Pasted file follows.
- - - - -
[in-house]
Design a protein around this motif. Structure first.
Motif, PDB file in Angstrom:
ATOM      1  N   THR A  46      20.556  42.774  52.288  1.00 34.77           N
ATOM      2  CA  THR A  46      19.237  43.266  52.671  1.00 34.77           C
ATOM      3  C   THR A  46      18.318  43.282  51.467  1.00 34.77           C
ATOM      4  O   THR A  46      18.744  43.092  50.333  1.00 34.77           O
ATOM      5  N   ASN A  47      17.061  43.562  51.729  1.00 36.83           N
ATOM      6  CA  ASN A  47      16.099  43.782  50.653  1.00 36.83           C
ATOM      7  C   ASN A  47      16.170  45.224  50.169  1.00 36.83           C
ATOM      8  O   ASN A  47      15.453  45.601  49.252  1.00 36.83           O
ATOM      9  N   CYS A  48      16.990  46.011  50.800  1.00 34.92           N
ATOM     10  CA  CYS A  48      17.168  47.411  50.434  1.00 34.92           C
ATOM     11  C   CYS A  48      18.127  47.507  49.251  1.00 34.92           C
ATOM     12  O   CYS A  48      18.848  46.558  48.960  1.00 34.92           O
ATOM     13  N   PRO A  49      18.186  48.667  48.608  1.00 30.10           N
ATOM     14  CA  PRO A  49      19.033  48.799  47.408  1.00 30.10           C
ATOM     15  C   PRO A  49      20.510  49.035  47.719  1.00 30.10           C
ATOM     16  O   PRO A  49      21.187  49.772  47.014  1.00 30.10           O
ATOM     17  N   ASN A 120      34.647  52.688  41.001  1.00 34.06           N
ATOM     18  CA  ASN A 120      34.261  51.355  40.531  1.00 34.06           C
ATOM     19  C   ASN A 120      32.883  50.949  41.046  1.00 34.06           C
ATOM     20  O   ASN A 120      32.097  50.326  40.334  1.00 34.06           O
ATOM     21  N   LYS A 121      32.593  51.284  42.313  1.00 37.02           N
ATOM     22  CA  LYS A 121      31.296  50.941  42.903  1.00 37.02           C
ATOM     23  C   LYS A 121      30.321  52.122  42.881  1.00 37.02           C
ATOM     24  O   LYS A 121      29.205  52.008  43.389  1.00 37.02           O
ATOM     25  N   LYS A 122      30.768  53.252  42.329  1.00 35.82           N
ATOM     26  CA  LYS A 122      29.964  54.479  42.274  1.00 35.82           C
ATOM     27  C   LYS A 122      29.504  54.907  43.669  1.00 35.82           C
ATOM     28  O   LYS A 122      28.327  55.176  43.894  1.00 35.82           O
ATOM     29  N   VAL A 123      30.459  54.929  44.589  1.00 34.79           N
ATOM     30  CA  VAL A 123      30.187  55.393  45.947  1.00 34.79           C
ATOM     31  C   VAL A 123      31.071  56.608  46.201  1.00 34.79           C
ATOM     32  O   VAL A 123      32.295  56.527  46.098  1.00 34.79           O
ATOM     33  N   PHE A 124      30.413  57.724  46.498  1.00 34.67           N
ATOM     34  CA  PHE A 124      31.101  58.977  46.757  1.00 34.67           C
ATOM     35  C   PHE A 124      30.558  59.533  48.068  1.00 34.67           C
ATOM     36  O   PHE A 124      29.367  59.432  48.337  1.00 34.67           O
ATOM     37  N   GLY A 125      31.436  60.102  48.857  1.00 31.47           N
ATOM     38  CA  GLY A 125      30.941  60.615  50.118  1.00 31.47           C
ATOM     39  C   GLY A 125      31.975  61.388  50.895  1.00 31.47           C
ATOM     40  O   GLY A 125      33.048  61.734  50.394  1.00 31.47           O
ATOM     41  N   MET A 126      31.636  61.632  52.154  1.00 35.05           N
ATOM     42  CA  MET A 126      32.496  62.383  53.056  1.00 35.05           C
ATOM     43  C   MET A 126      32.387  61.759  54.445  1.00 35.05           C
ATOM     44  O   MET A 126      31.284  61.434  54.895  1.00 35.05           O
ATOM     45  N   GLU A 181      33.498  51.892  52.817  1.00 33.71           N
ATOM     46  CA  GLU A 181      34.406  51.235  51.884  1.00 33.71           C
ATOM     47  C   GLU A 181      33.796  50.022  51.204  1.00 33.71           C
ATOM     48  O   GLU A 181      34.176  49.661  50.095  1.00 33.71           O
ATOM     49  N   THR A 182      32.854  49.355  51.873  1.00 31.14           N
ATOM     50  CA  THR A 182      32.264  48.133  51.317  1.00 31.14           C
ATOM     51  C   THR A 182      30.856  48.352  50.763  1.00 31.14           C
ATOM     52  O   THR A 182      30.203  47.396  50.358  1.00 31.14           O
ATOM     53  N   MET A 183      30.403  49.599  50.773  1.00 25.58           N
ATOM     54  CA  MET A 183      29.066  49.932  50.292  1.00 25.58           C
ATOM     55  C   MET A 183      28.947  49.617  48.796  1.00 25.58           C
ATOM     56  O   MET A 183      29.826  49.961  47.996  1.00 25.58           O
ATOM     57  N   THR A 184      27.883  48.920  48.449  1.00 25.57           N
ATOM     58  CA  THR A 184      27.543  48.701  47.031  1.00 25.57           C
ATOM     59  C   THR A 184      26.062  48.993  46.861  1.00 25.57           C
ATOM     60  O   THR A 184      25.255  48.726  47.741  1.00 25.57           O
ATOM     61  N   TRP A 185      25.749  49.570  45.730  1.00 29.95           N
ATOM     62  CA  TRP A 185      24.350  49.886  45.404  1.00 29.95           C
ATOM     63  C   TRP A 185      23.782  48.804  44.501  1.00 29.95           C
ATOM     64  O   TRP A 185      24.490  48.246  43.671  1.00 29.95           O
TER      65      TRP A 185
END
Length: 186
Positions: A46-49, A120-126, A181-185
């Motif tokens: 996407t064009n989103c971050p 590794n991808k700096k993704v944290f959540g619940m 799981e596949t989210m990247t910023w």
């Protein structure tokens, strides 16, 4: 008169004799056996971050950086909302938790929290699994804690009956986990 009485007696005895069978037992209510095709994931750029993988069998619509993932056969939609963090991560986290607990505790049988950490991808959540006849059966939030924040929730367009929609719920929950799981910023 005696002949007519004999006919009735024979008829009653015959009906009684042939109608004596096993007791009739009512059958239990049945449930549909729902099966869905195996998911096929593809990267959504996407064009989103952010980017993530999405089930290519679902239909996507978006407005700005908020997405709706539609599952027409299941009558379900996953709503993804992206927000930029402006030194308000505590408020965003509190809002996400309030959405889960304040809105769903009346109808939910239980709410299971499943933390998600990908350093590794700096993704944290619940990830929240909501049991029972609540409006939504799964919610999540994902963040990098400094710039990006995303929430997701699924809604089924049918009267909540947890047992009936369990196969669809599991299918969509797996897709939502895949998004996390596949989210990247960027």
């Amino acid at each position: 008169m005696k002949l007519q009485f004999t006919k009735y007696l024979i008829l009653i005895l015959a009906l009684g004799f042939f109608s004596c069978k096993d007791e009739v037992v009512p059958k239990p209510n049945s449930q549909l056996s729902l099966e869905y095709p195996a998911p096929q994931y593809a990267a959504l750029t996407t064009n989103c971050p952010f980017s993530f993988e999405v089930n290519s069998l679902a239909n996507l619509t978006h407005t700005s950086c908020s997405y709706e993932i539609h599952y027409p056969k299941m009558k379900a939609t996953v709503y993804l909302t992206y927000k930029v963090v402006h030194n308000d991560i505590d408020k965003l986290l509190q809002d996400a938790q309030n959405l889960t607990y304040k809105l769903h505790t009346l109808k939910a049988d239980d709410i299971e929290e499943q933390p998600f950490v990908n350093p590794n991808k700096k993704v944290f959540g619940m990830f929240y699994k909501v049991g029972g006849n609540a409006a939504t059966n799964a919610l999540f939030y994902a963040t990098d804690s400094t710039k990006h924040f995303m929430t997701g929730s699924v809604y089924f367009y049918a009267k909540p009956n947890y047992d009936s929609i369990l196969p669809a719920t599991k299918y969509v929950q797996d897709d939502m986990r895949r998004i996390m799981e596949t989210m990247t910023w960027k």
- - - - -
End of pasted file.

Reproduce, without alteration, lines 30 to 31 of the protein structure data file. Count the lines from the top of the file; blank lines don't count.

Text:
ATOM     27  C   LYS A 122      29.504  54.907  43.669  1.00 35.82           C
ATOM     28  O   LYS A 122      28.327  55.176  43.894  1.00 35.82           O